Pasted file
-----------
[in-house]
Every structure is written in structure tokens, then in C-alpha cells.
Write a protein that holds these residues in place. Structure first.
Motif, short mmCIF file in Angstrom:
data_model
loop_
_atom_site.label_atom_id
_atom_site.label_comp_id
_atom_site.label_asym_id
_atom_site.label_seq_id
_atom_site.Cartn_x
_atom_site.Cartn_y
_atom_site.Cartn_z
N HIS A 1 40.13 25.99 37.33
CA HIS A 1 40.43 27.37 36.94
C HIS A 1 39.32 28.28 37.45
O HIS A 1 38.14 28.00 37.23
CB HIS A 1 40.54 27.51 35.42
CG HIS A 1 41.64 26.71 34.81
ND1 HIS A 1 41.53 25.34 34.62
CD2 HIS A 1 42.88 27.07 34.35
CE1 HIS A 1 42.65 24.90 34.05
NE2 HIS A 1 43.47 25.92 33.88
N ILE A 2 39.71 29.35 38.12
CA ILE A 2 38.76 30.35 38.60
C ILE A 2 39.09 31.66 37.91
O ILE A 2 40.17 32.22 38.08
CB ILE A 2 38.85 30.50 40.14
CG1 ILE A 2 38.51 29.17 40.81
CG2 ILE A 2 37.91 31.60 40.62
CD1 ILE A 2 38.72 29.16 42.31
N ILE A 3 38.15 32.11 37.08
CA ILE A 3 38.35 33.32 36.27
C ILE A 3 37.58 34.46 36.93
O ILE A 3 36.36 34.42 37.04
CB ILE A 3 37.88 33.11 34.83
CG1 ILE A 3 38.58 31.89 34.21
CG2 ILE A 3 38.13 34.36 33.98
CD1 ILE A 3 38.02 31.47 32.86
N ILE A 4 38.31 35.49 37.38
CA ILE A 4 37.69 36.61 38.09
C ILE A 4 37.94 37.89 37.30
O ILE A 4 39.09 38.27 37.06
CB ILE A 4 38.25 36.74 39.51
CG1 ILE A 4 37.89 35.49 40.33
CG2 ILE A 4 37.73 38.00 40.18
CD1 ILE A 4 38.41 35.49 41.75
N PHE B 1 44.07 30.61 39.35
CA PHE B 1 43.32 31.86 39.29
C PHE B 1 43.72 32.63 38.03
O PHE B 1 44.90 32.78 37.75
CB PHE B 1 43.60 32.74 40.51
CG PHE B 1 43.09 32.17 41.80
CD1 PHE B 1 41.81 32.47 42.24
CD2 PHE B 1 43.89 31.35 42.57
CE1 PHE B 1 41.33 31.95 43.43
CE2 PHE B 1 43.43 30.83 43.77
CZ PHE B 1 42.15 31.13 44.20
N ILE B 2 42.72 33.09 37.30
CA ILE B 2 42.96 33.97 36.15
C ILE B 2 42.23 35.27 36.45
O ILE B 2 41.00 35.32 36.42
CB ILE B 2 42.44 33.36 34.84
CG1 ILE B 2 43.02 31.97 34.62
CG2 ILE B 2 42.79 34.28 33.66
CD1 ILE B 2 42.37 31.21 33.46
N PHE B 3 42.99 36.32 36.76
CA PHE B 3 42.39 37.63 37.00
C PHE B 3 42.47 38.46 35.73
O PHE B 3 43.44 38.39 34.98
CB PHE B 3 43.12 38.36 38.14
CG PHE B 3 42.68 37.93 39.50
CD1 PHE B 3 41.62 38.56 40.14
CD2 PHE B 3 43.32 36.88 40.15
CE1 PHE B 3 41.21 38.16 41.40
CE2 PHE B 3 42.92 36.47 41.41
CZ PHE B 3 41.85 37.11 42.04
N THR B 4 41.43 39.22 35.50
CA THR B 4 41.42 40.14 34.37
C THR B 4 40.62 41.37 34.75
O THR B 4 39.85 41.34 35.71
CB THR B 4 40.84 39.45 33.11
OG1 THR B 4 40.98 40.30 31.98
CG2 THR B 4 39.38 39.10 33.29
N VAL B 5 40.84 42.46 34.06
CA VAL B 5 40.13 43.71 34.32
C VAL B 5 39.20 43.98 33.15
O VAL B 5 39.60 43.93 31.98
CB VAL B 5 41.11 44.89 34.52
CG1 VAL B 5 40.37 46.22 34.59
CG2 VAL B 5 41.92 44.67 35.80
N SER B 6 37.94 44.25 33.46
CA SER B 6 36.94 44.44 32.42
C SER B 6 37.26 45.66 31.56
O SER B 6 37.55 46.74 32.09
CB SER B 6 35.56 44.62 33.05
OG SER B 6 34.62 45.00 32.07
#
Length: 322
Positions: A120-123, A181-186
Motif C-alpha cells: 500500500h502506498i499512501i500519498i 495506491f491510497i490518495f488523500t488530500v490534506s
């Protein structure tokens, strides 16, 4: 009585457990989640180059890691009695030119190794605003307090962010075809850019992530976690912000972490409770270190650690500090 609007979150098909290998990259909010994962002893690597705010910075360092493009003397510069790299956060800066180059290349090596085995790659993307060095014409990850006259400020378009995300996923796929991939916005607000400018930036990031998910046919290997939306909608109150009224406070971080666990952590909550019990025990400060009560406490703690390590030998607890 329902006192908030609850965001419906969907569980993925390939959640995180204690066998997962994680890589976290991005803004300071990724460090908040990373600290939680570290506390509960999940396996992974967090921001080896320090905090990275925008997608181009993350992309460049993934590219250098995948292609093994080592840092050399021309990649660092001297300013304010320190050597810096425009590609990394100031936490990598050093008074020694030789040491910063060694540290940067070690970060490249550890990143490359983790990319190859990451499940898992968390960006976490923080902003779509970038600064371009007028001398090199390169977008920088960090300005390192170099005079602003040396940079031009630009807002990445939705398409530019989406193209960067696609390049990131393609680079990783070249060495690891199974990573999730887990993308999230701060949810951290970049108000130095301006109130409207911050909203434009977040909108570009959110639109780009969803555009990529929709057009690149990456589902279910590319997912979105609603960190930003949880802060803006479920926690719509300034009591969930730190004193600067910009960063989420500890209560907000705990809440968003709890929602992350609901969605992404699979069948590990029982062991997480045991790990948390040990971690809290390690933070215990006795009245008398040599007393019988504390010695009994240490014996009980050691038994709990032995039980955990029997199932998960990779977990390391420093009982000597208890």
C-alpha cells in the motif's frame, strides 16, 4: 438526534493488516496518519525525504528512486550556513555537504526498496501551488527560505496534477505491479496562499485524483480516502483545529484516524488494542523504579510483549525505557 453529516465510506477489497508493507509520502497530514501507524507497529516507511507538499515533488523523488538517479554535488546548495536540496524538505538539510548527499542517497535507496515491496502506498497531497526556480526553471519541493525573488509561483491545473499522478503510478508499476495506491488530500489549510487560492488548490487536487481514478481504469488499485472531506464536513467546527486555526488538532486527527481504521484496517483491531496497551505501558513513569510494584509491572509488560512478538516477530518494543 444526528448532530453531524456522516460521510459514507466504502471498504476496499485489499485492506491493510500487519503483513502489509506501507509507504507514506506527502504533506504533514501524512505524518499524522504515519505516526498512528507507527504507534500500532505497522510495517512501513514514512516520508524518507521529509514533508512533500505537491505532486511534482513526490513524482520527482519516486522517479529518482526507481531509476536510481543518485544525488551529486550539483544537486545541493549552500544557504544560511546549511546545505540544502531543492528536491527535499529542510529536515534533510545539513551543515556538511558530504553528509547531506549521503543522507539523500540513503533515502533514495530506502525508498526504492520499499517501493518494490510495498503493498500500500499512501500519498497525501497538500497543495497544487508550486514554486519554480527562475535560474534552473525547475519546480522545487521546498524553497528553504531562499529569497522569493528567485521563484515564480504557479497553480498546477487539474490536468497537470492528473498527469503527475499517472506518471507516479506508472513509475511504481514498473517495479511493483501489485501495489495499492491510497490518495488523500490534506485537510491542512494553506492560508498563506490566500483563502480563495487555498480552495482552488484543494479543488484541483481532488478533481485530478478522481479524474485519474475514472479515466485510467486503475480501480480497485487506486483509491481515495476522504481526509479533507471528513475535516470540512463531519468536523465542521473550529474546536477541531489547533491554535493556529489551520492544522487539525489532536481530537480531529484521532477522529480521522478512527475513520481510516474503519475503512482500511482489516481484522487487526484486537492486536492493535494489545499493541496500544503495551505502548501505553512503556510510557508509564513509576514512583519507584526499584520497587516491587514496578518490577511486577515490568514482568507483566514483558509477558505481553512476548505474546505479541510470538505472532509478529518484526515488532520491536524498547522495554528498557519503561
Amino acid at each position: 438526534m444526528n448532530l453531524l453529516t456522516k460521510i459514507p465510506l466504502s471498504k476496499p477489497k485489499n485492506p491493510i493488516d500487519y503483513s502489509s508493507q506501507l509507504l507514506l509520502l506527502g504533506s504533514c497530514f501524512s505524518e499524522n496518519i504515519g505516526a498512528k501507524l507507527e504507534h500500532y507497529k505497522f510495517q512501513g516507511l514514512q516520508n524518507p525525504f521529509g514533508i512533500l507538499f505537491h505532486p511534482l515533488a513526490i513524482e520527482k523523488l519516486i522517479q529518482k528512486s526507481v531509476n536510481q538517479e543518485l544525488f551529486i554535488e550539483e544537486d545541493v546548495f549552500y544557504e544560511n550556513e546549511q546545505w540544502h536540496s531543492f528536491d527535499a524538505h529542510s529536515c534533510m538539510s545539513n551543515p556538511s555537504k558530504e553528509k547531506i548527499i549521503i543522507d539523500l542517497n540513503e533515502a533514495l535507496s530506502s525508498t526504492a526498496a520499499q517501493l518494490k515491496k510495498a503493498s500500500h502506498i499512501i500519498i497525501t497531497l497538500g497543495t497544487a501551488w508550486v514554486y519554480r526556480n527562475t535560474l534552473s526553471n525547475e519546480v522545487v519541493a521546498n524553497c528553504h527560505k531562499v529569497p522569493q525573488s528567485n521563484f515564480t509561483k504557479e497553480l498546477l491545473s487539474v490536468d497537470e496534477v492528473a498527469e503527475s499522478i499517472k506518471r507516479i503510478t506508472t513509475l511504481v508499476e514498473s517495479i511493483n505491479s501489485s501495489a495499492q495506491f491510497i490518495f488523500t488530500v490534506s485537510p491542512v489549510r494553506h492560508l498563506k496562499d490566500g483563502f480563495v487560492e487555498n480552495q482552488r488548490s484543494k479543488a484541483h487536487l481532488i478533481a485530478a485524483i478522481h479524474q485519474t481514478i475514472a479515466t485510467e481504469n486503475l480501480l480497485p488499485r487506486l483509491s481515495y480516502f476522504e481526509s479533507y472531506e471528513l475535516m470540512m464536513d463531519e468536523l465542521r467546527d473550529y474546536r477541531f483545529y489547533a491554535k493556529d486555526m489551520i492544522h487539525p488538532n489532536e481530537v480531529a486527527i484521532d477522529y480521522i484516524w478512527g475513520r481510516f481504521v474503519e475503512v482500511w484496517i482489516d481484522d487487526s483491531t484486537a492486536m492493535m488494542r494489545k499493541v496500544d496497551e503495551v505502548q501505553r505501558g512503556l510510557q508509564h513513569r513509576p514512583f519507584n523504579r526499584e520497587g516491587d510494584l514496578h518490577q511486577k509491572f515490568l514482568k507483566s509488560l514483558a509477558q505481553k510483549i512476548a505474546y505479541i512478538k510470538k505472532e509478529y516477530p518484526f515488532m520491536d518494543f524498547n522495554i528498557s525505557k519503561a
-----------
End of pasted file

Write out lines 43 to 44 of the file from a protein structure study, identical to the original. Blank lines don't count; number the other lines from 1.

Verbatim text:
O ILE A 4 39.09 38.27 37.06
CB ILE A 4 38.25 36.74 39.51